The last few episodes of our podcast have explored what GPT (generative pre-trained transformer) technology is and how it works, and also the call for a pause in the development of advanced AI. In this latest episode, Ted Lappas, a data scientist and academic, helps us to take a pragmatic turn - to understand what GPT technology can do for each of us individually.
Ted is Assistant Professor at Athens University of Economics and Business, and he also works at Satalia, which was London's largest independent AI consultancy before it was acquired last year by the media giant WPP.
Topics addressed in this episode include:
*) The "GPT paradox": If GPT-4 is so good, why aren't more people using it to boost their effectiveness in their workplace?
*) Concerns in some companies that data entered into GPTs will leak out and assist their competitors
*) Uses of GPTs to create or manipulate text, and to help developers to understand new code
*) GPTs as "brains" that lack the "limbs" that would make them truly useful
*) GPT capabilities are being augmented via plug-ins that access sites like Expedia, Instacart, or Zapier
*) Agent-based systems such as AutoGPT and AgentGPT that utilise GPTs to break down tasks into steps and then carry out these steps
*) Comparison with the boost given to Apple iPhone adoption by the launch, one year later, of the iOS App Store
*) Ted's use of GPT-4 in his role as a meta-reviewer for papers submitted to an academic conference - with Ted becoming an orchestrator more than a writer
*) The learning curve is easier for vanilla GPTs than for agent systems that use GPTs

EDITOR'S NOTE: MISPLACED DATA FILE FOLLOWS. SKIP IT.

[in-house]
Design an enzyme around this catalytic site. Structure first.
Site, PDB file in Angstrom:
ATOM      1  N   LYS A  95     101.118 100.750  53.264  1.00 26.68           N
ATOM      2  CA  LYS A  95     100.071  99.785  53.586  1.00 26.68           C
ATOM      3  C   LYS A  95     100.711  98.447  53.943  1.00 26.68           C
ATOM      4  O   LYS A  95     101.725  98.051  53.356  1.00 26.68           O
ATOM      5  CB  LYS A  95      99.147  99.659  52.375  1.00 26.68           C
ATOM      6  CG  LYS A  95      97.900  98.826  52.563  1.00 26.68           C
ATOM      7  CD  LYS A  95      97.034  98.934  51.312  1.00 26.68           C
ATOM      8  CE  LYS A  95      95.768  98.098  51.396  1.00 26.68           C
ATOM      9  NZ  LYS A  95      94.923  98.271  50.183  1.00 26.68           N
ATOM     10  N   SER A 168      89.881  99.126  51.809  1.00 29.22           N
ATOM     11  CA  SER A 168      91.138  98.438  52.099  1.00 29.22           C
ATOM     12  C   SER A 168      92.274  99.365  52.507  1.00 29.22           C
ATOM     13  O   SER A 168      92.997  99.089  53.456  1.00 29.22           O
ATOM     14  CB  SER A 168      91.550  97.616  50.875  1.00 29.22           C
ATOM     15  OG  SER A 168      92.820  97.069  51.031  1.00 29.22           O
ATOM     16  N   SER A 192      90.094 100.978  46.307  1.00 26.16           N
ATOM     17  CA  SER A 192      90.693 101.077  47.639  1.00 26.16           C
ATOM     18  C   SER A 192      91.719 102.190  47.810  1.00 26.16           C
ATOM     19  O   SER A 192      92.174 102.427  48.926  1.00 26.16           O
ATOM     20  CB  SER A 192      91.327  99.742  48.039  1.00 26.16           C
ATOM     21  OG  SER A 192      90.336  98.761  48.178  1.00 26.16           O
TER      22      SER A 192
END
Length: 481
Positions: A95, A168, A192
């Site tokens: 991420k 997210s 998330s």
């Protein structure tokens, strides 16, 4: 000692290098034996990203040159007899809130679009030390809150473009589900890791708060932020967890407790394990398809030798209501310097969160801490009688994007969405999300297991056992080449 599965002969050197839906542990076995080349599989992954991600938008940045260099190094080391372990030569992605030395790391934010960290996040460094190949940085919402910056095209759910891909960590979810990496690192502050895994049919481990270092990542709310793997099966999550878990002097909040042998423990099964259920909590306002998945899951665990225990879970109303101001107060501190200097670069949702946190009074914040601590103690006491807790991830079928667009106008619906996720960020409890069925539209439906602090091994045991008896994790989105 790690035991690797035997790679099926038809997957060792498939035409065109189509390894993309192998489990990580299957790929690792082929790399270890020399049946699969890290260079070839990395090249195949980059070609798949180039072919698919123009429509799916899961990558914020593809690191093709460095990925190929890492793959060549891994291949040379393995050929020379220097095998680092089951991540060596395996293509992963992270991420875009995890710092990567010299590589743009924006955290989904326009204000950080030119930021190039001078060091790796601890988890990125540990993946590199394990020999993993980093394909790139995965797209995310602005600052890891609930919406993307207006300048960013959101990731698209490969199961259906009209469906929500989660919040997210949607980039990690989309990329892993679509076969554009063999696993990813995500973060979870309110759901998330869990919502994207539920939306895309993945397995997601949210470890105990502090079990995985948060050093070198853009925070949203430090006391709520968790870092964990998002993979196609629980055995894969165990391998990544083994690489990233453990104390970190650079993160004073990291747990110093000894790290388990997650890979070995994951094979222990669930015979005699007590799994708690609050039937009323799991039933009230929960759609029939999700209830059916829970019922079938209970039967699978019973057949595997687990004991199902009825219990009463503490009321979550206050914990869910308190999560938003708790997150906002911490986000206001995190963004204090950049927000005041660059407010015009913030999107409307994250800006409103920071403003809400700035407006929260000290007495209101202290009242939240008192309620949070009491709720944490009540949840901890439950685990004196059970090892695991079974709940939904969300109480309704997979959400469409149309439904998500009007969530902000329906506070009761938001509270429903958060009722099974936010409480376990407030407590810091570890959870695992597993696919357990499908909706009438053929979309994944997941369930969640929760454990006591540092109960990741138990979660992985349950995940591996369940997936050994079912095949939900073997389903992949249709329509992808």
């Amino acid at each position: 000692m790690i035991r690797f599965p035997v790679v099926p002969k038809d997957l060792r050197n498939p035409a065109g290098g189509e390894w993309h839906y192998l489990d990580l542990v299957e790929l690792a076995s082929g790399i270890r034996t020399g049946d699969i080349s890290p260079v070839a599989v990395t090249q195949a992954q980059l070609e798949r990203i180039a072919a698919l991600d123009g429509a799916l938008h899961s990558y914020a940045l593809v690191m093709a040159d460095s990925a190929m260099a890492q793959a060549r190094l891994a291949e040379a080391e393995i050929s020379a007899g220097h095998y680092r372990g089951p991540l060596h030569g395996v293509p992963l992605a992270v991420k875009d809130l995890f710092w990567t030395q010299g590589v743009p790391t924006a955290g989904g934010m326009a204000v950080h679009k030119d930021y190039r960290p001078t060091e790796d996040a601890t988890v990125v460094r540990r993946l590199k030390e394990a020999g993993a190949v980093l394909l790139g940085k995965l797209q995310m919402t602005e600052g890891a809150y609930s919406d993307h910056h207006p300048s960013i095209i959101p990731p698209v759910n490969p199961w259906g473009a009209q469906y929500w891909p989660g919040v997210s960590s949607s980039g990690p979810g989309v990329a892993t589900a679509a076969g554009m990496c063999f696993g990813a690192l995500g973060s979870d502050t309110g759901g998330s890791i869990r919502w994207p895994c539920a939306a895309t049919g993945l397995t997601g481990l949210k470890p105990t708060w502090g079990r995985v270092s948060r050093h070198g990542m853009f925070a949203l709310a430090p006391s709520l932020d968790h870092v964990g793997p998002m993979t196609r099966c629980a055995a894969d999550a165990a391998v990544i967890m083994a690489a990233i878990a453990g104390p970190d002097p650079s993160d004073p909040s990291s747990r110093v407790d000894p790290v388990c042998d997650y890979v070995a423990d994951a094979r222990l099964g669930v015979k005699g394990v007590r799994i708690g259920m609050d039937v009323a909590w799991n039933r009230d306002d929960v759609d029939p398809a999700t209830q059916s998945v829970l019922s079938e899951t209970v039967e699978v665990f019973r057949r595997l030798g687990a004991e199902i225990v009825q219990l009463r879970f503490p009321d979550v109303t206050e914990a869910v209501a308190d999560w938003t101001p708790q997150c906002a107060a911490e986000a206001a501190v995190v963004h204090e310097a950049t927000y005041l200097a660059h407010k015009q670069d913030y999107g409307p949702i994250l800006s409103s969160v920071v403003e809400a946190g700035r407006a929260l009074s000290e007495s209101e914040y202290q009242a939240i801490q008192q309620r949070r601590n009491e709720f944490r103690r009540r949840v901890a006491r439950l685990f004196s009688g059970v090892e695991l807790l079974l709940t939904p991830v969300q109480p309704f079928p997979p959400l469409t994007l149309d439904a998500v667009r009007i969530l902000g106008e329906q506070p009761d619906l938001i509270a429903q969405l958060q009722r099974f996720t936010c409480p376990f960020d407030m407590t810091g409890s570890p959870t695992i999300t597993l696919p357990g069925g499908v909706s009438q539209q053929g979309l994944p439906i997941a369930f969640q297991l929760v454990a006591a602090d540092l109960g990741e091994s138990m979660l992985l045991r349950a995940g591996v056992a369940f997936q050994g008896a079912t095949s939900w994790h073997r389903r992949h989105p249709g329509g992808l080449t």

*) GPTs are currently more suited to low-end writing than to high-end writing, but are expected to move up the value chain
*) Ways to configure a GPT so that it can reproduce the quality level or textual style of a specific writer
*) Calum's use of GPT-4 in his side-project as a travel writer
*) Ways to stop GPTs inventing false anecdotes
*) Some users of GPTs will lose all faith in them due to just a single hallucination
*) Teaching GPTs to say "I don't know" or to state their level of confidence about claims they make
*) Creating an embedding space search engine
*) The case for gaining a working knowledge of the programming language Python
*) The growth of technology-explainer videos on TikTok and Instagram
*) "Explain this to me like I'm ten years old"
*) The way to learn more about GPTs is to use them in a meaningful project
*) Learning about GPTs such as DALL-E or Midjourney that generate not text but images
*) Uses of GPTs for inpainting - blending new features into an image
*) The advantages of open source tools, such as those available on Hugging Face
*) Images will be largely solved in 2023; 2024 will be the year for video
*) An appeal to "dive in, the sooner the better"
Music: Spike Protein, by Koi Discovery, available under CC0 1.0 Public Domain Declaration